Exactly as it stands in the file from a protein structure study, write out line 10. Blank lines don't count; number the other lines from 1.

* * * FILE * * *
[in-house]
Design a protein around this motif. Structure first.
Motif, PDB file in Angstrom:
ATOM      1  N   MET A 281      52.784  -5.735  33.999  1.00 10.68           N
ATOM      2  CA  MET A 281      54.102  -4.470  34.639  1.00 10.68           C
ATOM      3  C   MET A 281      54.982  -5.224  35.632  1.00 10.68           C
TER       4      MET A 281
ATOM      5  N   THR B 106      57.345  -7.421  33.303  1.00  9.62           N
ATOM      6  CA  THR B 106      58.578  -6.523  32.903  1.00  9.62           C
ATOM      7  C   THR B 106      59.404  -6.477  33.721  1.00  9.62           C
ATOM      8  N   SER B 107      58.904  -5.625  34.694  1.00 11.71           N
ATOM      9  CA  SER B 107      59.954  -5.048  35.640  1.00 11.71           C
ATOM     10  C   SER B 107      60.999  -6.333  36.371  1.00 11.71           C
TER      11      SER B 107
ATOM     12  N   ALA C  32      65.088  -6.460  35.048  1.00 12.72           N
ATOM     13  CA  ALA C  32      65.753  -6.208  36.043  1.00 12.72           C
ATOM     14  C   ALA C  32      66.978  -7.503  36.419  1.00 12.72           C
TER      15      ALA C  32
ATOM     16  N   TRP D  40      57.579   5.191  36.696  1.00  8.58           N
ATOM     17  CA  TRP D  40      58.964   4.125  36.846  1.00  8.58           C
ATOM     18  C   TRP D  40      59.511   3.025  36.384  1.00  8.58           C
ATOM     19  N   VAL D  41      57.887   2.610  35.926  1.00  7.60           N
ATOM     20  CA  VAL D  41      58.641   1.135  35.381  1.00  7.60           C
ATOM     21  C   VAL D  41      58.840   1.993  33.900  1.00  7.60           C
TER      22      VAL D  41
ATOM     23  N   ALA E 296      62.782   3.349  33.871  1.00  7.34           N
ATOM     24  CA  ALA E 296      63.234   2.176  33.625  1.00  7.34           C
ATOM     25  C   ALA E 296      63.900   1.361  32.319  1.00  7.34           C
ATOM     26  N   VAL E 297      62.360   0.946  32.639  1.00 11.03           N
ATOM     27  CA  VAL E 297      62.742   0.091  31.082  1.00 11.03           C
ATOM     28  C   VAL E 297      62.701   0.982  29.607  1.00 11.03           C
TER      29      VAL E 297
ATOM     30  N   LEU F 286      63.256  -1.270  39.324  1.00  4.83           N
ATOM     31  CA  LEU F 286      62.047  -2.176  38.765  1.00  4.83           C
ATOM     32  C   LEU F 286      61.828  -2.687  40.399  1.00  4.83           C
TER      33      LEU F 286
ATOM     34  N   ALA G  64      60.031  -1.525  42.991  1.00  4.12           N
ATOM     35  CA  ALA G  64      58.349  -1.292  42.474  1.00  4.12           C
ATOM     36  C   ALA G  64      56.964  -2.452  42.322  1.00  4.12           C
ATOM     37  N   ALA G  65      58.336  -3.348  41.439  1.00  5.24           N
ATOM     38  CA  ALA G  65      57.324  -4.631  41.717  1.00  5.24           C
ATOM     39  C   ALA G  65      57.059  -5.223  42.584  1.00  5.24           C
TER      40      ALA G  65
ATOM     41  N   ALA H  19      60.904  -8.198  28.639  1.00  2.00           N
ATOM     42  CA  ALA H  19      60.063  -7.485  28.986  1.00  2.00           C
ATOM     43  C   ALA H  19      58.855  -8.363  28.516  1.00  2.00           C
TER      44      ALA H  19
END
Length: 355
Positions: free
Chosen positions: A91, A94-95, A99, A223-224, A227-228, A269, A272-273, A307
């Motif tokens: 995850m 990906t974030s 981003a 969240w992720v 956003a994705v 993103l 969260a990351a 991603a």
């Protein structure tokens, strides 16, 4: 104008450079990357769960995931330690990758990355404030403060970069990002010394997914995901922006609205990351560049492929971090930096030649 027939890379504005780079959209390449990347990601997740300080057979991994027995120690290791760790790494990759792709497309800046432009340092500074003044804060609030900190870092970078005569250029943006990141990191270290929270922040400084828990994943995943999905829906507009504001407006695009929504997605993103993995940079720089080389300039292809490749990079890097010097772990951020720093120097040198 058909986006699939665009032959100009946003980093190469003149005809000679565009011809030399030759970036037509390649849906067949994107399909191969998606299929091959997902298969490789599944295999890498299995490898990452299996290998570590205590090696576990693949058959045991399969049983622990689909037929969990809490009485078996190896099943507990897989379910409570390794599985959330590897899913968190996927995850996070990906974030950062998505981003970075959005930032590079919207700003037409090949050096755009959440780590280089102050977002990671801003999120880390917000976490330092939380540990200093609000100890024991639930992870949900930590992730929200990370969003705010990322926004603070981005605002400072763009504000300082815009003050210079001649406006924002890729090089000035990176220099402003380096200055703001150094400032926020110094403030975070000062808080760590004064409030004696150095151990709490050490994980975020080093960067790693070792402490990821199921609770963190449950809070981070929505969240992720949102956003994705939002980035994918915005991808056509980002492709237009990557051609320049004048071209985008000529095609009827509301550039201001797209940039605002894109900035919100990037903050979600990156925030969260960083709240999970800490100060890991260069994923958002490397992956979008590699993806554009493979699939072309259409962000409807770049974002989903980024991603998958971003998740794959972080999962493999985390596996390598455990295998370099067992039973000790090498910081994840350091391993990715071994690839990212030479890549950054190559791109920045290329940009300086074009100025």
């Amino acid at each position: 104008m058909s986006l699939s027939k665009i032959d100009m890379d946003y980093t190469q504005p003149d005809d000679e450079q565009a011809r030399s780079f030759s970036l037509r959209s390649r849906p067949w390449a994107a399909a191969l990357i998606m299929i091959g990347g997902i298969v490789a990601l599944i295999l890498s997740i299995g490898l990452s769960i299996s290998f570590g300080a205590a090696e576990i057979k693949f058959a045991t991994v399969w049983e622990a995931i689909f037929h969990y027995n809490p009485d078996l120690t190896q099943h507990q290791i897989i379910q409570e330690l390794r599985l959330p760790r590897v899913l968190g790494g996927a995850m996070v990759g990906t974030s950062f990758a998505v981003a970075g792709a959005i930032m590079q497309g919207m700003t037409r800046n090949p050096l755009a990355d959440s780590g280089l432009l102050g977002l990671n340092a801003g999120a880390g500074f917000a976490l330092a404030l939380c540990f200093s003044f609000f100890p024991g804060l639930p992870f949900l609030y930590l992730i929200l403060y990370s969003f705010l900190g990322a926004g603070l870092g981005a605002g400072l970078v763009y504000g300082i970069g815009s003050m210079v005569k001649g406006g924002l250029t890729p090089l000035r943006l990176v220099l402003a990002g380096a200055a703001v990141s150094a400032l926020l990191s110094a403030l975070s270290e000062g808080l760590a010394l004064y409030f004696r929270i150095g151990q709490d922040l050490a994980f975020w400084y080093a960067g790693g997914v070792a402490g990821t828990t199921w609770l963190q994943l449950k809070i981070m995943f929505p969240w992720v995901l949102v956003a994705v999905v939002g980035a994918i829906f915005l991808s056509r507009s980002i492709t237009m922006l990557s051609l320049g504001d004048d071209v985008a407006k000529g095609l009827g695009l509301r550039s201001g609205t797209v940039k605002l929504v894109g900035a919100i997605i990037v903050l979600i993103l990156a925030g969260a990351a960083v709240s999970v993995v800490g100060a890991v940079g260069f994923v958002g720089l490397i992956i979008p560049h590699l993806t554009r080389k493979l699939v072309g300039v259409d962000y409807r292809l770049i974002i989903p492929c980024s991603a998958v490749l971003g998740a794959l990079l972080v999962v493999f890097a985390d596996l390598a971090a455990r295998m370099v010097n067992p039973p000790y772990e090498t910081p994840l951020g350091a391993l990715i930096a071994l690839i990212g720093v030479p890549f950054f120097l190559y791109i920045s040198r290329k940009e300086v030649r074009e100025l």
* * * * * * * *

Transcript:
ATOM      7  C   THR B 106      59.404  -6.477  33.721  1.00  9.62           C